"Are you sure?  Your room's all ready," Gin went on, carefully arranging cookies on the shining levels of plates.

"I made sure she took a nap on the drive up," Evan confessed.  "Besides, it's Christmas Eve!  Who the hell sleeps on Christmas Eve?"

Gin smiled.  "Oh, in that case, I guess I should let the two of you get back to your conversation.  You looked pretty serious when I came in."

"Eh, it's all right, Mama," Evan assured her with a flick of his wrist.  "V was just trying to get me to spill the beans."

Gin blinked and shook her head in confusion.  "Spill the beans?  What beans?"

Valerie wrinkled her nose.  "I was just curious as to why you'd all refer to that year as the Un-Christmas; that's all."

Gin's mouth dropped open for a moment, then she snapped it closed.  "O-O-Oh . . ." she breathed, looking decidedly uncomfortable as her gaze shifted from Valerie to Evan and back again.  Definitely nervous . . .

"I mean, really, could anything that bad have happened?  You're all here, and no one has been permanently scarred or maimed, so is what happened back then really so bad that you can never talk about it, ever again?" Valerie went on, her tone carefully controlled, light.

Evan chuckled while Gin shifted from one foot to the other in a pained effort to keep her expression as blank as she possibly could.

"W-Well," Gin hedged slowly, still shifting her glance from Valerie to Evan in quick succession.  "It's not really that anyone was permanently maimed, and . . . and it was an accident, but . . ."

"An accident?" Valerie echoed, unable to hide the heightened glint in her eyes as she took on the expression of a lawyer, getting ready to swoop in for the kill.

Evan slipped an arm around her shoulders.  "Easy, Councilor," he crooned, giving her a gentle squeeze.  "This isn't a courtroom, remember?  Take it easy on my mama."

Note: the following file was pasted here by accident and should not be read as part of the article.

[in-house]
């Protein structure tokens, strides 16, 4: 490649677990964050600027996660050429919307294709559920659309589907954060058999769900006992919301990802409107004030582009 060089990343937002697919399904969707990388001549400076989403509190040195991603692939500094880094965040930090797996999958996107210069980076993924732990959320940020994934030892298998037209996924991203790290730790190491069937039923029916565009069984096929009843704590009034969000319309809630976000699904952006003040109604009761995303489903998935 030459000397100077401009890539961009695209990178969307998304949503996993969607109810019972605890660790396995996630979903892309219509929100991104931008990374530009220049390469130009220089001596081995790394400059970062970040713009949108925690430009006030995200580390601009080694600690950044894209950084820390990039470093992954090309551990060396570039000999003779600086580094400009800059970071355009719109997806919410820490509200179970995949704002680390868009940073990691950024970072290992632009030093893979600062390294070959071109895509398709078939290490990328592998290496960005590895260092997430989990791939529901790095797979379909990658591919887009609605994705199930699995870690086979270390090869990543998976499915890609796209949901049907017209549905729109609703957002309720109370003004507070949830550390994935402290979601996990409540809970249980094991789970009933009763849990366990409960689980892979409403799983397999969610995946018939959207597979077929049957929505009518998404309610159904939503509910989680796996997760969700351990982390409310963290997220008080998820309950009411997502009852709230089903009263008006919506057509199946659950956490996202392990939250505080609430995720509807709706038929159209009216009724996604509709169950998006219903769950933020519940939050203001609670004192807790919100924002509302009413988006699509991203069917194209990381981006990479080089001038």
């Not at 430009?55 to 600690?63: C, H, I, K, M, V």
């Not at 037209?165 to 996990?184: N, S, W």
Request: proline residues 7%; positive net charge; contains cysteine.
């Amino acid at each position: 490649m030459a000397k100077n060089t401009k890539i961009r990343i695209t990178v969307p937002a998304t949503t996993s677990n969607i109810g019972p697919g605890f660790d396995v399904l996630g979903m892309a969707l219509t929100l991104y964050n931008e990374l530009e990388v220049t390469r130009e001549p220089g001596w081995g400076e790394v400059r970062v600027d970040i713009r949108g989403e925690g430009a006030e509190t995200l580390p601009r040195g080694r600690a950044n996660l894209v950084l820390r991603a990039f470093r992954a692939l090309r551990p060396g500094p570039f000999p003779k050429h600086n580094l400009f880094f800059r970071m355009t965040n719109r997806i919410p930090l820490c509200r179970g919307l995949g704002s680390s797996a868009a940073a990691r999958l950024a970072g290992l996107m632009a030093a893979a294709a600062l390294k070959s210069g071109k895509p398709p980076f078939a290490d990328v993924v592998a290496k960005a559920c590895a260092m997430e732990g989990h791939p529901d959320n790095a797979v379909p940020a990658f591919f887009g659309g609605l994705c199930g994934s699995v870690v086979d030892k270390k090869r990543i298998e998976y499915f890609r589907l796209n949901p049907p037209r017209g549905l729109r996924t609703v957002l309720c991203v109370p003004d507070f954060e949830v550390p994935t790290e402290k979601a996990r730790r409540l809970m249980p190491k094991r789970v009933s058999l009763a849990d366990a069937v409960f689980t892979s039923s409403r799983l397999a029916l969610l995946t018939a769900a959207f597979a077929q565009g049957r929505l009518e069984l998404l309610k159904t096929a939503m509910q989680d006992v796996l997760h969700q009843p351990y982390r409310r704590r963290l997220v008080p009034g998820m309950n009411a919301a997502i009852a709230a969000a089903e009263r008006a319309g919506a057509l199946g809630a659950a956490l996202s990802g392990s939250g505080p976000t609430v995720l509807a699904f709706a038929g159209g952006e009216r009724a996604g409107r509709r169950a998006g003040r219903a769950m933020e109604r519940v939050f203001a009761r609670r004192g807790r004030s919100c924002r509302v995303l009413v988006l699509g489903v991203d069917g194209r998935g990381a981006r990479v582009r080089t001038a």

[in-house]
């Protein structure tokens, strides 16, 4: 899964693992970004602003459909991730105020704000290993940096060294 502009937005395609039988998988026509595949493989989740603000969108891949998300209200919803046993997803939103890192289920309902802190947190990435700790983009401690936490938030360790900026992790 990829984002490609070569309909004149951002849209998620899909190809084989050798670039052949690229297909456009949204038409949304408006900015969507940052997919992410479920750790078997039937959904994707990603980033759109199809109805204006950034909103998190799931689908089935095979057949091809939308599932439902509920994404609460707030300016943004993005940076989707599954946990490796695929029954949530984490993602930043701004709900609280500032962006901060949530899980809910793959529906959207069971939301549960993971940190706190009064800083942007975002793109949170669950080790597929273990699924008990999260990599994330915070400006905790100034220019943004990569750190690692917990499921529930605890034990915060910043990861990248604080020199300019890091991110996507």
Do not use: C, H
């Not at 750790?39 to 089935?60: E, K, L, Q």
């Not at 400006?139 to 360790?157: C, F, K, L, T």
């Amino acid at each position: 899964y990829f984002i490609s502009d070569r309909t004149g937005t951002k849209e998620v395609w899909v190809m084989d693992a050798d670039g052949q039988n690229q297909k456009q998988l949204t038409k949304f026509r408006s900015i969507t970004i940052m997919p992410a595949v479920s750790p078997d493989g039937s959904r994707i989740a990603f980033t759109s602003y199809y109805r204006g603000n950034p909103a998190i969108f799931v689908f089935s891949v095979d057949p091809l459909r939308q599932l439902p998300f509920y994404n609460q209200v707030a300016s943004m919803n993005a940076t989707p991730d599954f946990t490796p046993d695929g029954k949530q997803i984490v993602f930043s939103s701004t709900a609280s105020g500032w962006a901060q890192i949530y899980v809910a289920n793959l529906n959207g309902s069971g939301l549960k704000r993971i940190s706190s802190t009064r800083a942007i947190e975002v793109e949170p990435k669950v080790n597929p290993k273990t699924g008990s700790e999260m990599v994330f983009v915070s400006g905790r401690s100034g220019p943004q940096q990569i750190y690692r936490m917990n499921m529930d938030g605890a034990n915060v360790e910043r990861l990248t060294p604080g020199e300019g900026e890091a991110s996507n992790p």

She snorted and shot him a look that stated plainly that she already knew that, but she did seem to relax just a little, even as she heaved a sigh and settled into the crook of his arm.

"Why does everyone look so serious?"

Valerie blinked and shifted her gaze to the doorway when Sydnie Zelig casually sauntered into the room.  Clad in a cute little red velvet Santa dress trimmed in luxurious white fur, she looked every bit the diminutive elf, right down to the plush red cap perched atop her fiery hair.  "The Un-Christmas," Valerie said simply in answer to Sydnie's question.

That got the cat-youkai's attention easily enough, and her green eyes sparkled mischievously as she slowly broke into a very feline grin.  "The Un-Christmas?  Is that right?"

"We weren't really talking about it," Evan supplied helpfully.

"How about some eggnog?" Gin suddenly blurted.

"You know, every time I ask my puppy about it, he gets this little smile on his face and says that he cannot talk about it—that he's been sworn to secrecy," Sydnie went on as though she hadn't heard Evan or Gin at all.

"It's got lots of cream in it, Sydnie—you love that, don't you?" Gin tried again, her pitch escalating into a decidedly nervous twitter.

"Why doesn't it surprise me that Bubby thinks it's funny?" Evan mused to himself.

Sydnie crossed her arms over her chest as she slowly regarded Evan.  "So, why don't you tell us, hmm?  After all, you've never been big on rules, have you, Evan?"

Valerie bit her lip and tried not to smile at the silky quality that had entered Sydnie's already sing-song voice.

Evan chuckled.  "Sorry, pussums, but I can't break the solemn oath of the Zeligs."

"I can add extra cream, Sydnie—you'd like it even more then, right?" Gin chimed in as she yanked open the refrigerator and started rummaging around.

"Your eggnog is always wonderful, Gin, though I wouldn't say no to extra cream," Sydnie stated with a bright smile at her mother-in-law.

Gin giggled and looked decidedly relieved, apparently thinking that the subject was dropped, though Valerie wasn't as sure.  After all, Sydnie was nothing if not stubborn, and somehow, Valerie just didn't think that the cat would be satisfied to give up.